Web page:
Do bioplastics degrade? Yes, and, well…kinda, maybe…sometimes no? Technically, all bioplastics will degrade, or break down. But because there are many kinds of bioplastics, the more specific question is: how quickly and completely will they degrade under certain conditions? Some bioplastics fully break down within months. Other bioplastics are designed to be more durable, and break down so slowly they might be considered non-biodegradable. The same kind of bioplastic can also degrade very differently depending on if it is sent to landfill, or a commercial compost facility. The same bioplastic in the same landfill can even degrade differently depending on the conditions! A key point that causes confusion about bioplastics: compostable bioplastics are different than biodegradable bioplastics. Confusing the two terms can be expensive, as mistakes can lead to disposal fines for you or your venue if biodegradable materials placed in compost are found to be not compostable. To avoid surprises if you are intending to compost your items, ask the company taking your compost about any technical standards that might need to be met by bioplastics you use. Also ask if there are any bioplastics you should avoid using that they know have been problematic. Most haulers will require conformity with ASTM D6400, ASTM D6868, EN 13432, or BPI certification if you want to compost your bioplastic. It’s also important to follow up several months after your event to ensure discards have actually degraded.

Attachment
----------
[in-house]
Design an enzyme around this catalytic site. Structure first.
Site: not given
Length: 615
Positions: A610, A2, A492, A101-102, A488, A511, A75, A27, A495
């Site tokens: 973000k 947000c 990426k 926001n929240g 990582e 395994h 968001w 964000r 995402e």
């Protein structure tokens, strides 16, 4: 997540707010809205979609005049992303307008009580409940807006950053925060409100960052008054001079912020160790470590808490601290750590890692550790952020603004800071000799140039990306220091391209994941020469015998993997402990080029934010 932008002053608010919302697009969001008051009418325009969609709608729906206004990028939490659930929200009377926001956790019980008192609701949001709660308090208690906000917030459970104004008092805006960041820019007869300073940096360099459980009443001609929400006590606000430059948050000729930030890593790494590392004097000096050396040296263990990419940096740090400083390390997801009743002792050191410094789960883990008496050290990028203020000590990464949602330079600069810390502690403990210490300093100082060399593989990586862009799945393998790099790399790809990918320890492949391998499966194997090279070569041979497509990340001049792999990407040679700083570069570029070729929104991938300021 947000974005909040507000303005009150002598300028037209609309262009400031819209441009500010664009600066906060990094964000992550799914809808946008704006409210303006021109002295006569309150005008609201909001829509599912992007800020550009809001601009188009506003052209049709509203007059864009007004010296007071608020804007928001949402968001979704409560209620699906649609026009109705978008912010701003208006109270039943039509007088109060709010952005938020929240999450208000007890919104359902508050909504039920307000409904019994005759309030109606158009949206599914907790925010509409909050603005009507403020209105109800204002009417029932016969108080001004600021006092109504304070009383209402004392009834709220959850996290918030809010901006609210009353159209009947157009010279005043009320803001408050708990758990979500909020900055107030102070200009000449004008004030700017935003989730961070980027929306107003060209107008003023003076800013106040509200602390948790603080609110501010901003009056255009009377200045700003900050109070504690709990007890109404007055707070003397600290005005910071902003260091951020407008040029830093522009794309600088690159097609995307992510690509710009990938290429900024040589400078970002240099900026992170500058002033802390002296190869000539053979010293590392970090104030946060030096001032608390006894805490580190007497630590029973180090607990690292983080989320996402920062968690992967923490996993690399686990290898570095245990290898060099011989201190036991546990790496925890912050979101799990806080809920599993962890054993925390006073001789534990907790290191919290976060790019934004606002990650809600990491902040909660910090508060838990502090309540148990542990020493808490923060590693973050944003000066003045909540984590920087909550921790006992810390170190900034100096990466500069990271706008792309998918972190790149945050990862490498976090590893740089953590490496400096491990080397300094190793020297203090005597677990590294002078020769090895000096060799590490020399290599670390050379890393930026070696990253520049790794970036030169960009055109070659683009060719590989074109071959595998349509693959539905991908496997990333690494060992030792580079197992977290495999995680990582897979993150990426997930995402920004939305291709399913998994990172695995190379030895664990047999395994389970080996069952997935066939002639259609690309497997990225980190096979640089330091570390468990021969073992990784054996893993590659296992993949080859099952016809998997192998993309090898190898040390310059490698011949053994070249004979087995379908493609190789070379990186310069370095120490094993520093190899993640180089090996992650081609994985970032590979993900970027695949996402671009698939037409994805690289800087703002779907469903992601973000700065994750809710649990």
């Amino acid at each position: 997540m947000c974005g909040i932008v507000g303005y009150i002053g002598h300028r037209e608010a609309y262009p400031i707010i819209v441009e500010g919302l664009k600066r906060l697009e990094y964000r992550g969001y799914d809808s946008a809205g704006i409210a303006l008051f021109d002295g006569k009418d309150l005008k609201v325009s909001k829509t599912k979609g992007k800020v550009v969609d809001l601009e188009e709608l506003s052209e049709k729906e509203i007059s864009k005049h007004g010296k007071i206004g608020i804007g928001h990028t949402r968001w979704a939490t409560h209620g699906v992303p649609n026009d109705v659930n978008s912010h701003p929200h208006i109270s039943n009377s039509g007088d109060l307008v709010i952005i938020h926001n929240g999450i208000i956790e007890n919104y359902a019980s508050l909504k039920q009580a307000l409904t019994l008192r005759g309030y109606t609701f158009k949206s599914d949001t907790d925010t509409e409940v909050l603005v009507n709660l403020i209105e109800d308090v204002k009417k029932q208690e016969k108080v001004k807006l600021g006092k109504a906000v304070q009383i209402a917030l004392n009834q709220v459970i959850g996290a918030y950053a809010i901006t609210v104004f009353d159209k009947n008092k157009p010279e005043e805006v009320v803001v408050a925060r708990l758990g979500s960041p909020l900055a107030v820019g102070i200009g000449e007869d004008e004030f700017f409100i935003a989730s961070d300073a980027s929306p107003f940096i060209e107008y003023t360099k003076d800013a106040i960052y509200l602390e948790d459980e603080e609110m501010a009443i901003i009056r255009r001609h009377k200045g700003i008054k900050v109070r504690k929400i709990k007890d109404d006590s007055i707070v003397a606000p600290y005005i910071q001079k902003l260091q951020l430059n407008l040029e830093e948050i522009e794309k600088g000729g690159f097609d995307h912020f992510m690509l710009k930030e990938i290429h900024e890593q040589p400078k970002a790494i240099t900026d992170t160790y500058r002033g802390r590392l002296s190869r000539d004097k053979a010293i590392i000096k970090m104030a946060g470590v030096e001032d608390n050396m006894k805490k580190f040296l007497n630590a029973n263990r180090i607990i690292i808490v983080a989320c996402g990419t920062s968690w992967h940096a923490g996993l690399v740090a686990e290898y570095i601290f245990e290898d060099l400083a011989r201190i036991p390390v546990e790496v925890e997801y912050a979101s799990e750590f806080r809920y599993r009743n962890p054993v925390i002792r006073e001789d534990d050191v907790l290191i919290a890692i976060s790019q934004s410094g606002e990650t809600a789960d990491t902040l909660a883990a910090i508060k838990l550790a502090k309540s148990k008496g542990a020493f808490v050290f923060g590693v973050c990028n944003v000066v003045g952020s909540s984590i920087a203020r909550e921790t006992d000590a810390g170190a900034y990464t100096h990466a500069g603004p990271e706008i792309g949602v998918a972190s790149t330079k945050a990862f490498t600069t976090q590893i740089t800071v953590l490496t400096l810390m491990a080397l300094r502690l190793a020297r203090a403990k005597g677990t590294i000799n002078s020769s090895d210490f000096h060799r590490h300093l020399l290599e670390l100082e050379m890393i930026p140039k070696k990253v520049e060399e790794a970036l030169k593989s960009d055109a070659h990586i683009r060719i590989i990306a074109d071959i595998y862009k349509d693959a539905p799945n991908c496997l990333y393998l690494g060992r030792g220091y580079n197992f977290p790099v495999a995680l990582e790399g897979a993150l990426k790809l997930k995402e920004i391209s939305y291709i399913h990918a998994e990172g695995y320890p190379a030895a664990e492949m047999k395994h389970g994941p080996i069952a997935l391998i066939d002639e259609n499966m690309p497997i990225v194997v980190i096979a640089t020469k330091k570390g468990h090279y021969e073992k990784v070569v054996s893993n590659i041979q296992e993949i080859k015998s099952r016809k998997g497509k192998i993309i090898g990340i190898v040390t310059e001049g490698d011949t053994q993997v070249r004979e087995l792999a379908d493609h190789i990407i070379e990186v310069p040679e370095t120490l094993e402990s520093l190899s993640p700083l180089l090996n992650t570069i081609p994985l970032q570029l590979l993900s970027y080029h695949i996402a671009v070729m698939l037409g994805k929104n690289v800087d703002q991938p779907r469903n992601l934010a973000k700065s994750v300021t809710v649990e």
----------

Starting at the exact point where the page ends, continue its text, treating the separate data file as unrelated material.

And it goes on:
How do I know if the bioplastics I’m using break down completely and quick enough? This is very important if you’re planning to compost your items. Ask the person selling you the biopastic if the material has been tested against accepted standards for biodegradability, or compostability (depending on what you are planning to do with it). Don’t be surprised if you are referred to a technical specialist within their company as sometimes sales representatives may not be in possession of the answers you need. Ask for written proof of compostability claims before you buy. Most companies will be more than willing to produce a certificate or testing documentation. If they have not been tested, or the company is unwilling to share information with you, that should be a flag that you may want to work with another supplier if you intend to compost your bioplastics. A few cautions: documentation should be from a third party who is not your supplier, such as a respectable testing lab, or BPI themselves. The certificate should also not be altered (something that I wish I didn’t have to advise to look for, but hey, I’ve seen it happen, so word to the wise!). There are several standards for testing biodegradability of plastics that mean different things. Some ensure you can compost it, others affirm that it will merely biodegrade, but do not validate it can be composted. So make sure you note the certification or standard number required by your hauler and look for that certification or number from the supplier of your compostable items. The certificate may also be given for the resin the plastic is made of, or the end product made from the resin. It’s very important to ensure the finished item you’re buying, and not just the resin, is tested. This is because some manufacturers may not use 100% of the certified resin in the product they’re selling you. Now be prepared: the test documentation can leave you feeling like you need a doctorate in environmental engineering to make heads or tails of it. My advice? Don’t hesitate to contact the lab or organization named on the testing document and ask for a simple translation. This is also a good way to double-check that testing is up-to-date with prevailing standards, which can change. And it gives you something to send to your hauler to verify all is in order, reducing the chance your compost may be rejected.